For a man of just 34 years, Dr. Mo Halawi has seen a lot. Born in war-torn Lebanon, he came to the United States alone at the age of 17, against his parents’ wishes. It wasn’t an easy journey, but he’s now a successful orthopaedic surgeon, proving that hard work and determination truly can lead to the American Dream.
After completing his undergraduate studies with highest honors at the University of Houston, Dr. Halawi was named the International Student Leader of the Year by Golden Key International Honour Society and the Walter and Adelheid Hohenstein Fellow by Phi Kappa Phi Honor Society. Dr. Halawi then went on to Duke University School of Medicine, where he was a Jack Kent Cooke Graduate Scholar, Howard Hughes Medical Institute Fellow, Paul and Daisy Soros Fellow, and Merage Foundation for the American Dream Fellow, just to name a few accolades.
After medical school, Dr. Halawi stayed at Duke University Hospital for orthopaedic surgery residency and then completed an adult reconstructive surgery fellowship at the Cleveland Clinic. As a culmination of his training, Dr. Halawi was awarded the prestigious Hip Society Maurice E. Müller Traveling Fellowship to Europe, an opportunity limited to one orthopaedic surgeon from North America every year. To date, Dr. Halawi has authored 31 research papers and book chapters. He’s a bit of an overachiever, which is exactly what you want in your orthopaedic surgeon.
Now joining UConn Health, this academic surgeon and assistant professor of orthopaedic surgery is bringing cutting-edge technologies and new ideas to the field of hip and knee replacement. Forget everything you know about long hospital stays and drawn-out recovery times, he says. Everything is changing.
Seasons Magazines: What’s one of your best patient success stories?
Mo Halawi: Every opportunity to help make a positive difference in someone’s life is a success story. The best part of being a joint replacement surgeon is to take a patient with severe pain and poor quality of life and right away, “give them their life back” as some patients say. Today, I saw a young woman who was happy and without pain for the first time since she was a child. Her hip did not develop normally and as a result she had a remarkable limp and was tiptoeing to compensate for her significantly short leg. Her total hip replacement, which required shortening of the thigh bone, is only occasionally performed, as it requires specialized training due to its complexity and high potential for complications. I was very motivated to help this hard-working single mother. This was one of the very first surgeries I performed at UConn.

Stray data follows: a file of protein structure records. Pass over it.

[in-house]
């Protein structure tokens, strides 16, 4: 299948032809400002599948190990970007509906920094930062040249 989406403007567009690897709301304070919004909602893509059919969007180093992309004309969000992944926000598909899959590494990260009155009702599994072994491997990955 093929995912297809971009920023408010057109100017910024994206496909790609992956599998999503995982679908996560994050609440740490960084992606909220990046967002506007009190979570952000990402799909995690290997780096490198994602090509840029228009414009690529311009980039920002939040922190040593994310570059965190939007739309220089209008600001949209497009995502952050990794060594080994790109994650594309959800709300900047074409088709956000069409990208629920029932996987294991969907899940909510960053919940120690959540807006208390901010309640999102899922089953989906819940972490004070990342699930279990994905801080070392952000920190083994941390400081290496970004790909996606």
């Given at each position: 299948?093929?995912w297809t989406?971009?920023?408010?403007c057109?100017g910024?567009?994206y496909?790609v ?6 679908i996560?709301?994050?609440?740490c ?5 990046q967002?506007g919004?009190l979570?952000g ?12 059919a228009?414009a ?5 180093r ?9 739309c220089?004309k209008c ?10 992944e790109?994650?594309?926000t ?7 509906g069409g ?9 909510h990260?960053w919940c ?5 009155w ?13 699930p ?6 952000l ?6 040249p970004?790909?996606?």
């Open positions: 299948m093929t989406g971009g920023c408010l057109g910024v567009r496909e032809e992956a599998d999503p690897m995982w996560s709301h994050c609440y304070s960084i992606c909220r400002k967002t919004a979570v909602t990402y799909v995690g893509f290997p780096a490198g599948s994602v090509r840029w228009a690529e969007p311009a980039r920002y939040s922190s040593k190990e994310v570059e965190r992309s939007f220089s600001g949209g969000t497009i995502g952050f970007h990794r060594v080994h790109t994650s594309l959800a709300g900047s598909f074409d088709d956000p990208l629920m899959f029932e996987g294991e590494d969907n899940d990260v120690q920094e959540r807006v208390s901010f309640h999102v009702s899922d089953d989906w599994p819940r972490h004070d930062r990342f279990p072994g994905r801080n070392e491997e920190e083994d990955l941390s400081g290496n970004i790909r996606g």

SM: Tell me about your transition from Lebanon to the U.S.
MH: I grew up in a war. As a child, my mother always had a suitcase packed because we never knew when the shelling was going to start. There was a lot of fear and uncertainty. Lebanon is a beautiful country, but it is one that is cursed by a volatile political climate. The American Dream was my inspiration. When I came to the U.S., I had literally $1,100 and spoke very limited English. For over a year, I worked two full-time jobs and sometimes lived in my car to make ends meet while enrolled as a full-time college student. The nice thing about the United States is that you work hard and you get what you put into it. My life changed when my college physics teacher one day approached me and said, “I want you to apply for this scholarship.” I thought, “Who am I? This is a very competitive national scholarship.” I woke up the next morning and decided to give it a shot. I ended up getting a full-ride scholarship to the University of Houston. It was a game-changer. I didn’t have to worry about making ends meet. It put me on track.
SM: How will hip and knee replacement be different five years from now?